The primary purpose of our conference is to assess where we are today with this project of gender equality in the postcolonial period. What have been the new policies adopted by the V.C. Bird, the Lester Bird, Baldwin Spencer and now Gaston Browne Administrations to address the status of women and improve family life for the majority of the population? We can point to obvious areas such as primary, secondary and tertiary education as well as the opening of many new areas of employment for Antiguan and Barbudan women. At the same time, we want to know what are the remaining areas of social life in which Antiguan and Barbudan women still experience gender discrimination. What of pay differentials? What of access to the arena of politics? What of spousal abuse? What of gendered occupations?

In 1997, in her keynote address to the recently opened Centre for Gender and Development at the University of the West Indies (Mona), Johnetta Cole told her audience: “It is we women who are the major participants in the churches, the backbones they call us, frying the chicken, making the roti, but it is the brothers who are almost always the heads, the leaders. It is we women who take the notes at the meetings, organize the buses for the rallies, go door-to-door to get the votes, but the it is always the brothers who are the Prime Ministers”. Is this where we still are today? And if so, what are we doing about it?

To address questions like these we suggest the following themes as guides in deciding the exact topic on which you will present:
Women and the structure of the Contemporary Antiguan and Barbudan Family

Gender policies of postcolonial administrations from Bird to Browne

Gender discrimination in Antigua and Barbuda

Gender and Sexuality in Antigua and Barbuda

Race and Gender in Antigua and Barbuda

Antiguan and Barbudan Women in Party Politics

Women and Education in Antigua and Barbuda

Antiguan and Barbudan women in the media

Growing up female in Antigua and Barbuda

Women in Antiguan and Barbudan music

Women and the Arts in Antigua and Barbuda

Antiguan and Barbudan women in carnival

Women and economic development in Antigua and Barbuda

Recent books by Antiguan and Barbudan women

Women and Calypso in Antigua and Barbuda

If you are interested in presenting a paper at this 2016 conference, please send us a brief abstract that includes your title, your name, and a brief description of the theme of your paper. These abstracts must be received by May 15, 2016. They will enable us to put you on the right panel. Your abstract, in a word document, should be emailed to: paget_henry@brown.edu and to janetlofgren@gmail.com .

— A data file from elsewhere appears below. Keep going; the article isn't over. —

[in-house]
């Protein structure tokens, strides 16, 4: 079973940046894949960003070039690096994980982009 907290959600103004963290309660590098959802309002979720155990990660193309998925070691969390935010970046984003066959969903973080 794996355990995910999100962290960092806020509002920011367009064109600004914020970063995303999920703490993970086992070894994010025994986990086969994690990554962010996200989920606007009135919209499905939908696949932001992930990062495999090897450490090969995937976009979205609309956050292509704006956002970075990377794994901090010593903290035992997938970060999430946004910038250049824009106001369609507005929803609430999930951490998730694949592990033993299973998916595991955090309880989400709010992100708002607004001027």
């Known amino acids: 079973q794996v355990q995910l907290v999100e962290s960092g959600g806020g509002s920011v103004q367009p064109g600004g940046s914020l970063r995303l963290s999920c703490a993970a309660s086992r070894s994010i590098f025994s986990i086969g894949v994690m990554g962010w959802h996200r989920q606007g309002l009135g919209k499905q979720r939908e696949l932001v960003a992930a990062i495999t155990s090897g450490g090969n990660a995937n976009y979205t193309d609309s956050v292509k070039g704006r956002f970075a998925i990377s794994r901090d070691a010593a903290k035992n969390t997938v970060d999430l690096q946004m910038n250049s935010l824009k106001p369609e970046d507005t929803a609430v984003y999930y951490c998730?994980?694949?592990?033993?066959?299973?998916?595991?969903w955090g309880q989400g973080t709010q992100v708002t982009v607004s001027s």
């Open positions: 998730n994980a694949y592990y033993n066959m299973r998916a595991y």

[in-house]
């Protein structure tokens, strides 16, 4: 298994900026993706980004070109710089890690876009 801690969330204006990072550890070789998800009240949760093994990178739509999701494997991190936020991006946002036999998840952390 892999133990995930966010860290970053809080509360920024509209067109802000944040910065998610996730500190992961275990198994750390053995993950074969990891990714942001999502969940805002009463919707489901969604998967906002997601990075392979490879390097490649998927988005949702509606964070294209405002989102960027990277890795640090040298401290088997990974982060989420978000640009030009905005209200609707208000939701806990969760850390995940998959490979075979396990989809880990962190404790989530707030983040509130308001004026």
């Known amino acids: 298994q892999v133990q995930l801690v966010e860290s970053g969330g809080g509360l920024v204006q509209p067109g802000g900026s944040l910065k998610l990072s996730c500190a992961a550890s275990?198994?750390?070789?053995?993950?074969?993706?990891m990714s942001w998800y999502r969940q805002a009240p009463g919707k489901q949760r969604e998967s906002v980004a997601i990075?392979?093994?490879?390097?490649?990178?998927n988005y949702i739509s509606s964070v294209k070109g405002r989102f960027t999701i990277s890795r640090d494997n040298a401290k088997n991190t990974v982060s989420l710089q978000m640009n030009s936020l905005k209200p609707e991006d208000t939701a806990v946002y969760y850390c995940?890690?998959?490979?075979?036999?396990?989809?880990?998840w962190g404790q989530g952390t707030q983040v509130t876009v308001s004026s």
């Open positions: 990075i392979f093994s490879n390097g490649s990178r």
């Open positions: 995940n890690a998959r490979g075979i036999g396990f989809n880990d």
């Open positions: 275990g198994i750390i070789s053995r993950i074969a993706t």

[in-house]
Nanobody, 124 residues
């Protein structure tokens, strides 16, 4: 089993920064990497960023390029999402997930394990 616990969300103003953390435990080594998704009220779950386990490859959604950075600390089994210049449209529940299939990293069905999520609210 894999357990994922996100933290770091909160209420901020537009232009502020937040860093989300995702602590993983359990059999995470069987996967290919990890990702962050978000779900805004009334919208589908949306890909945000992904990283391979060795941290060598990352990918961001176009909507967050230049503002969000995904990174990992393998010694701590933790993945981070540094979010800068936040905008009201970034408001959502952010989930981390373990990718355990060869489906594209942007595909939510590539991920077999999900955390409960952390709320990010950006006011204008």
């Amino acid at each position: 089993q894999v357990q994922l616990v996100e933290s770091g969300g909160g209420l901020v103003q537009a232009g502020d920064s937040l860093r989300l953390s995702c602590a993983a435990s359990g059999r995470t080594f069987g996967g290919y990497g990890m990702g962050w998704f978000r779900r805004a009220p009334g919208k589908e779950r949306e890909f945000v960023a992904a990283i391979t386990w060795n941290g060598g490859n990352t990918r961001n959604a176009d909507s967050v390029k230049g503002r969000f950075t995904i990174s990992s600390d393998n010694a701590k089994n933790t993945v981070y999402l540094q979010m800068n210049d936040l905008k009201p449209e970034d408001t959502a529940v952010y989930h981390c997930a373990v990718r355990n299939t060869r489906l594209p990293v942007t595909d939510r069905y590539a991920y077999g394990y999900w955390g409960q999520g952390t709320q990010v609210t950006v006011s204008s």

Paget Henry Ian Benn Janet Lofgren
President Head Editorial Assistant
ABSA UWI (Antigua) A&B Review of Books

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Call for Papers – Conference on Tim Hector, Caribbean Politics and Economic Development

Date: January 10-12, 2013
Venue: University of the West Indies Open Campus, Antigua and Barbuda
Organizers: University of the West Indies Open Campus Antigua and Barbuda, the Leonard Tim Hector Memorial Committee/ACLM, Antigua and Barbuda Studies Association, and Oilfield Workers Trade Union of Trinidad and Tobago

It is difficult to believe that 10 years have already passed since the death ACLM leader, Tim Hector. He was a major presence in the intellectual, political and journalistic, life of Antigua and Barbuda, and also of the wider Caribbean. It is to mark the tenth anniversary of his passing that the above organizations have come together to put on this conference. We extend an invitation to you to attend and participate.

From 1972 until his death in 1992, Tim Hector was a major figure of the Caribbean New Left Movement, and was also its leading proponent in the twin-island state of Antigua and Barbuda. Paradoxically, this regional New Left Movement emerged not long after the larger territories of Jamaica, Trinidad, Guyana, and Barbados gained their political independence from Britain, and the smaller states achieved sub-national statuses such as associated statehood or departmentalization. The movement for independence had its roots in the 1930s struggles of an older Left Movement. This movement sought to address the harsh impact of the Great Depression and the sharpening contradictions that it produced in the racialized political economies of the Caribbean. In Antigua and Barbuda, this anti-colonial and nationalist movement was a labor-based one that threw onto the historical stage, political leaders such as Reginald Stevens, Luther George, V.C. Bird, Douglas (Kem) Roberts, Novelle Richards, and others.

Around the region, leaders of similar caliber and outlook such as Norman Manley (Jamaica), Eric Williams (Trinidad), Grantley Adams (Barbados) helped usher in the postcolonial period.

The paradoxical rise of this New Left Movement of which Hector was a part marked the onset of neo-colonial cracks in the nationalist solutions of the leaders of the Old Left. The critiques and alternatives posed by the newer movement made it clear that through these cracks political corruption and old economic problems were bursting out along with the intensifying of racial and class contradictions. These were the broad features of the social context that gave birth to the Caribbean New Left and its break with the Old.

In Antigua and Barbuda, disappointment with the neo-colonial cracks that had opened in V.C. Bird’s postcolonial regime produced the formation of two black power groups. One group was led by Mali Olatunji and Robin Bascus while the other was led by Barry Stevens and Lestroy Merchant. The first was more culturally oriented and emphasized engagements with the African heritage of the culture of Antigua and Barbuda. The second group was more scholarly, and emphasized the writing and recovering of the history and thought of Antigua and Barbuda, and, more broadly, of people of African descent. They published a journal, Outlet. It was this latter group that Hector joined on his return to Antigua after studying in Canada.